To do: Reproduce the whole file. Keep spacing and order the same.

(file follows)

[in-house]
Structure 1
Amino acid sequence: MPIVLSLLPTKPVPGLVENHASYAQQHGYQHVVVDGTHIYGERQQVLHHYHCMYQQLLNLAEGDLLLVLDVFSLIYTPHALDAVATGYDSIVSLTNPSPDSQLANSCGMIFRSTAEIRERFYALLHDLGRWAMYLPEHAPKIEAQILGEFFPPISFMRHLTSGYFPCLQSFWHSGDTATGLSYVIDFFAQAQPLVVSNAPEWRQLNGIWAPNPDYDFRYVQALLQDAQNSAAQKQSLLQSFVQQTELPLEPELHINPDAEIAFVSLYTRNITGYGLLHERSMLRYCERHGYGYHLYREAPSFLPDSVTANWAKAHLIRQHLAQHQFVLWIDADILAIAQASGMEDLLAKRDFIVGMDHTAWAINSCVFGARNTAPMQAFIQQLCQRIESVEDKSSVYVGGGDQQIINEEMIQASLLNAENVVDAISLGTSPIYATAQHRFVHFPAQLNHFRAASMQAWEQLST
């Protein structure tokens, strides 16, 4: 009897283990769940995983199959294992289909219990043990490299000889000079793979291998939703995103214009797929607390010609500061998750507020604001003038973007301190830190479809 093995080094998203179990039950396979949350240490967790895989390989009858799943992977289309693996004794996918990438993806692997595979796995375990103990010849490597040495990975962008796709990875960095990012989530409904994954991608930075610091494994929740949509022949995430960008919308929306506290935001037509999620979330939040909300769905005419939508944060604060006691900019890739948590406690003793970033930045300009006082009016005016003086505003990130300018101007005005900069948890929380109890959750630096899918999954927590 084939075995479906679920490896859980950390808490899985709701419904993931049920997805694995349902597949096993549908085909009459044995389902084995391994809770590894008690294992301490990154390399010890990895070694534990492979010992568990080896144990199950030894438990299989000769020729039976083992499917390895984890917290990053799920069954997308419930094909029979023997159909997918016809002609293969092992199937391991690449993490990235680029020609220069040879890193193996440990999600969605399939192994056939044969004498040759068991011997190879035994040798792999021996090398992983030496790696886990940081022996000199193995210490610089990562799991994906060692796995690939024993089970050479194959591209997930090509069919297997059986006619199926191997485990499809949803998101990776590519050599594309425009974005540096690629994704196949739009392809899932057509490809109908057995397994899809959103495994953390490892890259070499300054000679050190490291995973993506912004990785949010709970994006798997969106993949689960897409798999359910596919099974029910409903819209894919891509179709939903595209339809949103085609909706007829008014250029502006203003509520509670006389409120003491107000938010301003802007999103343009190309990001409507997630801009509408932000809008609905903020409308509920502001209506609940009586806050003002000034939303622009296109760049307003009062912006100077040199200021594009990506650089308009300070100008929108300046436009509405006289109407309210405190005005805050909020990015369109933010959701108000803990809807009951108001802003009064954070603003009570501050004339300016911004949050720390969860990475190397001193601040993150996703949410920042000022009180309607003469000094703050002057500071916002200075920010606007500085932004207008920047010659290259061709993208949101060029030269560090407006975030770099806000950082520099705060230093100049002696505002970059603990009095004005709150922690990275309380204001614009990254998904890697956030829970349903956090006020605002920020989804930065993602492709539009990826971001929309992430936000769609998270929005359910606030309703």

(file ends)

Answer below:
[in-house]
Structure 1
Amino acid sequence: MPIVLSLLPTKPVPGLVENHASYAQQHGYQHVVVDGTHIYGERQQVLHHYHCMYQQLLNLAEGDLLLVLDVFSLIYTPHALDAVATGYDSIVSLTNPSPDSQLANSCGMIFRSTAEIRERFYALLHDLGRWAMYLPEHAPKIEAQILGEFFPPISFMRHLTSGYFPCLQSFWHSGDTATGLSYVIDFFAQAQPLVVSNAPEWRQLNGIWAPNPDYDFRYVQALLQDAQNSAAQKQSLLQSFVQQTELPLEPELHINPDAEIAFVSLYTRNITGYGLLHERSMLRYCERHGYGYHLYREAPSFLPDSVTANWAKAHLIRQHLAQHQFVLWIDADILAIAQASGMEDLLAKRDFIVGMDHTAWAINSCVFGARNTAPMQAFIQQLCQRIESVEDKSSVYVGGGDQQIINEEMIQASLLNAENVVDAISLGTSPIYATAQHRFVHFPAQLNHFRAASMQAWEQLST
């Protein structure tokens, strides 16, 4: 009897283990769940995983199959294992289909219990043990490299000889000079793979291998939703995103214009797929607390010609500061998750507020604001003038973007301190830190479809 093995080094998203179990039950396979949350240490967790895989390989009858799943992977289309693996004794996918990438993806692997595979796995375990103990010849490597040495990975962008796709990875960095990012989530409904994954991608930075610091494994929740949509022949995430960008919308929306506290935001037509999620979330939040909300769905005419939508944060604060006691900019890739948590406690003793970033930045300009006082009016005016003086505003990130300018101007005005900069948890929380109890959750630096899918999954927590 084939075995479906679920490896859980950390808490899985709701419904993931049920997805694995349902597949096993549908085909009459044995389902084995391994809770590894008690294992301490990154390399010890990895070694534990492979010992568990080896144990199950030894438990299989000769020729039976083992499917390895984890917290990053799920069954997308419930094909029979023997159909997918016809002609293969092992199937391991690449993490990235680029020609220069040879890193193996440990999600969605399939192994056939044969004498040759068991011997190879035994040798792999021996090398992983030496790696886990940081022996000199193995210490610089990562799991994906060692796995690939024993089970050479194959591209997930090509069919297997059986006619199926191997485990499809949803998101990776590519050599594309425009974005540096690629994704196949739009392809899932057509490809109908057995397994899809959103495994953390490892890259070499300054000679050190490291995973993506912004990785949010709970994006798997969106993949689960897409798999359910596919099974029910409903819209894919891509179709939903595209339809949103085609909706007829008014250029502006203003509520509670006389409120003491107000938010301003802007999103343009190309990001409507997630801009509408932000809008609905903020409308509920502001209506609940009586806050003002000034939303622009296109760049307003009062912006100077040199200021594009990506650089308009300070100008929108300046436009509405006289109407309210405190005005805050909020990015369109933010959701108000803990809807009951108001802003009064954070603003009570501050004339300016911004949050720390969860990475190397001193601040993150996703949410920042000022009180309607003469000094703050002057500071916002200075920010606007500085932004207008920047010659290259061709993208949101060029030269560090407006975030770099806000950082520099705060230093100049002696505002970059603990009095004005709150922690990275309380204001614009990254998904890697956030829970349903956090006020605002920020989804930065993602492709539009990826971001929309992430936000769609998270929005359910606030309703």